April 26, 2019

First Principles for Fostering Civic Engagement via Digital Technologies #2 and #3: Keep it Simple and Leverage Entrepreneurial Intermediaries

In my previous blog post, I set out the first of ten principles that local governments and communities should look to as they evaluate whether their community is using digital technology effectively to promote civic engagement and solve local problems. Today, I’m setting forth my second and third principles, “Simplicity – Bang for the Buck” and “Digital Intermediaries.” I have chosen to present these two principles together because they are linked thematically.

In almost every community, people are seeking information on public safety, jobs, education, transportation and healthcare. My second principle, “Simplicity – Bang for the Buck” suggests that governments, when determining which problems they can solve through an investment in digital technology, should look to improving government processes related to these core issues. My third principle acknowledges the reality that government itself cannot alone provide all of the information residents are seeking. Therefore, in a community which is engaged digitally, “Digital Intermediaries” – entrepreneurs, including journalists, who are a trusted source for providing local or hyper-local information to residents – will develop Internet and mobile broadband-based businesses providing people with information on these important topics.

Principle #2: “Simplicity – Bang for the Buck”
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First Principles for Fostering Civic Engagement via Digital Technologies: #1 Know Your Community

Over the first few months of my Fellowship at CITP, I have had the pleasure of meeting with a number of people from academia, non-profits, for-profit companies and government to discuss the role of digital technologies in fostering civic engagement.  In a series of blog posts, I plan to set out ten principles that local governments and communities should look to as they evaluate whether their community is using digital technology effectively to promote civic engagement and solve local problems.  Because I do not think that my work developing these principles is complete, I hope to use this forum as a way to offer ideas for further exploration.  Feedback is welcome!

Principle #1: Know Your Community
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"What we've got here is failure to communicate"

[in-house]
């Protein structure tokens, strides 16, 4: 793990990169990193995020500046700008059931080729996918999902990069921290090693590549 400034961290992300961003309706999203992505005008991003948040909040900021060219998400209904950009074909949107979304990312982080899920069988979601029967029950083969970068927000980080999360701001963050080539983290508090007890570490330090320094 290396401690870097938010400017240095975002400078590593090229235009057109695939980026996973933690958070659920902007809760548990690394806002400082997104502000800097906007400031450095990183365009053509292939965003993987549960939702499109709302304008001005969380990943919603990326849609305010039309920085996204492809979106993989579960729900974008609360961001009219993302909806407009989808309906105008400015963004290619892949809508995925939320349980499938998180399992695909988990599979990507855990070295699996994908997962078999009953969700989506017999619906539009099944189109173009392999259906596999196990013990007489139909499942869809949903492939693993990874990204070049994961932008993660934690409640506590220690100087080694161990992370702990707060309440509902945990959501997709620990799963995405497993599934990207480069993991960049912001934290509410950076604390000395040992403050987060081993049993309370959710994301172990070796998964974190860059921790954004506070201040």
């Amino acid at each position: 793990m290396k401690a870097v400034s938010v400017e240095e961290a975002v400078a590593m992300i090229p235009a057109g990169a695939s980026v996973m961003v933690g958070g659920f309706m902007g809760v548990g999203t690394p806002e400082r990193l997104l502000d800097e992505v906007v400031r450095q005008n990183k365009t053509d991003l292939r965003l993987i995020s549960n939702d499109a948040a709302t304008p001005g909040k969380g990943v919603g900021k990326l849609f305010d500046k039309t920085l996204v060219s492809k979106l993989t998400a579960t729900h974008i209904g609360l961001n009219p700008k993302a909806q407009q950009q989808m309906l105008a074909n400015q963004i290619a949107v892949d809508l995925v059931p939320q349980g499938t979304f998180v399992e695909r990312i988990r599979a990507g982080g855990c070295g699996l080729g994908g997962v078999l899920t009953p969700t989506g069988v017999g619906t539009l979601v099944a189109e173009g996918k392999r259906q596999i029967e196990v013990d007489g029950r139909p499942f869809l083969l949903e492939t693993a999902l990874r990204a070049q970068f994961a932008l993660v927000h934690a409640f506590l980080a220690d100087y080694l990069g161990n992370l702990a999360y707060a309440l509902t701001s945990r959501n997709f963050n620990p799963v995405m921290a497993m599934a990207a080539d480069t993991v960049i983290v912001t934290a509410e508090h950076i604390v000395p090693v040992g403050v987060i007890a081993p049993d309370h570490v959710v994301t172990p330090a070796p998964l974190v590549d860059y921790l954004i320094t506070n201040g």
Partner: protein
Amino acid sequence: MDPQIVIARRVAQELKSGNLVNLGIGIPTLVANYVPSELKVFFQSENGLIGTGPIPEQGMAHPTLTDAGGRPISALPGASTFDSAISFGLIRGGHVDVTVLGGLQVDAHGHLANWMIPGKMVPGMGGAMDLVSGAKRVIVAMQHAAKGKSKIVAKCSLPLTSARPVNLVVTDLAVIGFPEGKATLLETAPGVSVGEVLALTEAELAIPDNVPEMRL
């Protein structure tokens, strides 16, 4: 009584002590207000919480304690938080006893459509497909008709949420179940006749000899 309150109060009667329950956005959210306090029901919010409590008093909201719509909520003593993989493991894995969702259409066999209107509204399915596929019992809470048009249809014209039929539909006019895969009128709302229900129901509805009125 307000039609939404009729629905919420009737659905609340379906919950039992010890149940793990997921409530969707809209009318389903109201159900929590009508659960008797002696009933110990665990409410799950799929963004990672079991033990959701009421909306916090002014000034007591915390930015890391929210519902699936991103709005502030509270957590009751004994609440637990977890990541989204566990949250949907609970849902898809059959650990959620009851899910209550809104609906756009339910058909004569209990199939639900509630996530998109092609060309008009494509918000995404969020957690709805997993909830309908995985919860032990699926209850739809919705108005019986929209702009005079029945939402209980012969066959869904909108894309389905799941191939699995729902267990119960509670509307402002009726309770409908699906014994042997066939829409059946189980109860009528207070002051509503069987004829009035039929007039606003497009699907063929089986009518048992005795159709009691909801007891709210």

Since the historic snow storm, “Nemo,” deposited a NOAA-certified 40 inches of snow on my hometown of Hamden, CT, I have been watching from afar to see how the town and its citizens are using a combination of digital technology, the traditional telecommunications network, and mass media to communicate in the aftermath of the storm. While I have been lucky enough not to have been directly affected by the historic storm, my senior citizen parents have been inside their house waiting for a snow plow to come for approximately five days. Since they are healthy and have food and heat, I have the luxury of writing about the use of communications technology by Hamden’s government during this weather emergency. The purpose of this post is not to pile onto an already overwhelmed town government, but to highlight fairly easily achievable improvements that Hamden’s government could make in its emergency communications that will make residents of the town safer the next time an emergency occurs.

On Friday morning, I woke up and heard the Mayor of Hamden, Scott Jackson, on CNN stating about the storm, “It’s a Disaster.” I was impressed to hear the Mayor of my approximately 60,000 person hometown with a national and international forum to talk about the weather emergency and recovery efforts. I figured this was only the first step in the process of informing town residents about what they could expect over the next few days. However, based on reviewing “The Town of Hamden, Connecticut” Facebook page, e-mails sent from the Mayor’s Office, the Mayor’s Twitter feed, and having conversations with my parents, there are three specific areas where the town could have communicated more effectively during this weather emergency. These failures of communication sell short the heroic work of the people working around the clock to plow the streets and respond to emergencies.
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